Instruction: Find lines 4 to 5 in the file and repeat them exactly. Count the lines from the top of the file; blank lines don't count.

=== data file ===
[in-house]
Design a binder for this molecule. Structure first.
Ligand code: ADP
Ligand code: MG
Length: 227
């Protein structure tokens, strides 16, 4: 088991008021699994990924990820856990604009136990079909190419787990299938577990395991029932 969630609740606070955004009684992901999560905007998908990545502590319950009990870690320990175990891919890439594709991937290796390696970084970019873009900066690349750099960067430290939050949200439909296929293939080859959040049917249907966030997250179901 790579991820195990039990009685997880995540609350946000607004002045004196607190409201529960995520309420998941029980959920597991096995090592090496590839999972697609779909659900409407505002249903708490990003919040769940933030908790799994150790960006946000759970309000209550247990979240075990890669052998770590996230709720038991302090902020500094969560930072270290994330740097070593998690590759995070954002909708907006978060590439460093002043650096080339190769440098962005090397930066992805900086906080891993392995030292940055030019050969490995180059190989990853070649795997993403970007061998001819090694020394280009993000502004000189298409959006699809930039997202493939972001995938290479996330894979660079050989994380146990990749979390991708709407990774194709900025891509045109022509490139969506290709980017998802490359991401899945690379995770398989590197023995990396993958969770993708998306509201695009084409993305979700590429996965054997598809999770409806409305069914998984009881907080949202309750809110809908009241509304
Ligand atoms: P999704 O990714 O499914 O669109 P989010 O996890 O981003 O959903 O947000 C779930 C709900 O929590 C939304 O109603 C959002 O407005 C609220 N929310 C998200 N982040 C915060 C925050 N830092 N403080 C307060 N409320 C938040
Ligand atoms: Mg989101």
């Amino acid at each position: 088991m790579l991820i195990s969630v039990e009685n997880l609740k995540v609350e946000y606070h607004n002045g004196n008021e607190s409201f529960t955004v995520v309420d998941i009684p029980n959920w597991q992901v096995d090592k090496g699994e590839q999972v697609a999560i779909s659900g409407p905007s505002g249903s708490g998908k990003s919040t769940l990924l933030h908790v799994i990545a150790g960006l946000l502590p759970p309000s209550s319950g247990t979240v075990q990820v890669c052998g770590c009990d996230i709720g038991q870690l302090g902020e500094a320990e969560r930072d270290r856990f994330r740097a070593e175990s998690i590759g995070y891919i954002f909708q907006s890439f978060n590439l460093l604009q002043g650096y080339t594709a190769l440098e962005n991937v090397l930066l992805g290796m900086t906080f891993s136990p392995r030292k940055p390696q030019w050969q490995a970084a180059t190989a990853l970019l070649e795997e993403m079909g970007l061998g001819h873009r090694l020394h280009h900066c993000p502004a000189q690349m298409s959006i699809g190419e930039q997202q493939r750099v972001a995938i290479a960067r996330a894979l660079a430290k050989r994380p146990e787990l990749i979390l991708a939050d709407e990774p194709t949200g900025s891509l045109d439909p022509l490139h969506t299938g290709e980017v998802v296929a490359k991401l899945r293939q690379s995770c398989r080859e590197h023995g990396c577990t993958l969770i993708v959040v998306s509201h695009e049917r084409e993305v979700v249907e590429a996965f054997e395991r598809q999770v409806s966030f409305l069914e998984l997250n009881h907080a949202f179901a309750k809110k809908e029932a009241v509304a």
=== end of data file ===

Ligand code: MG
Length: 227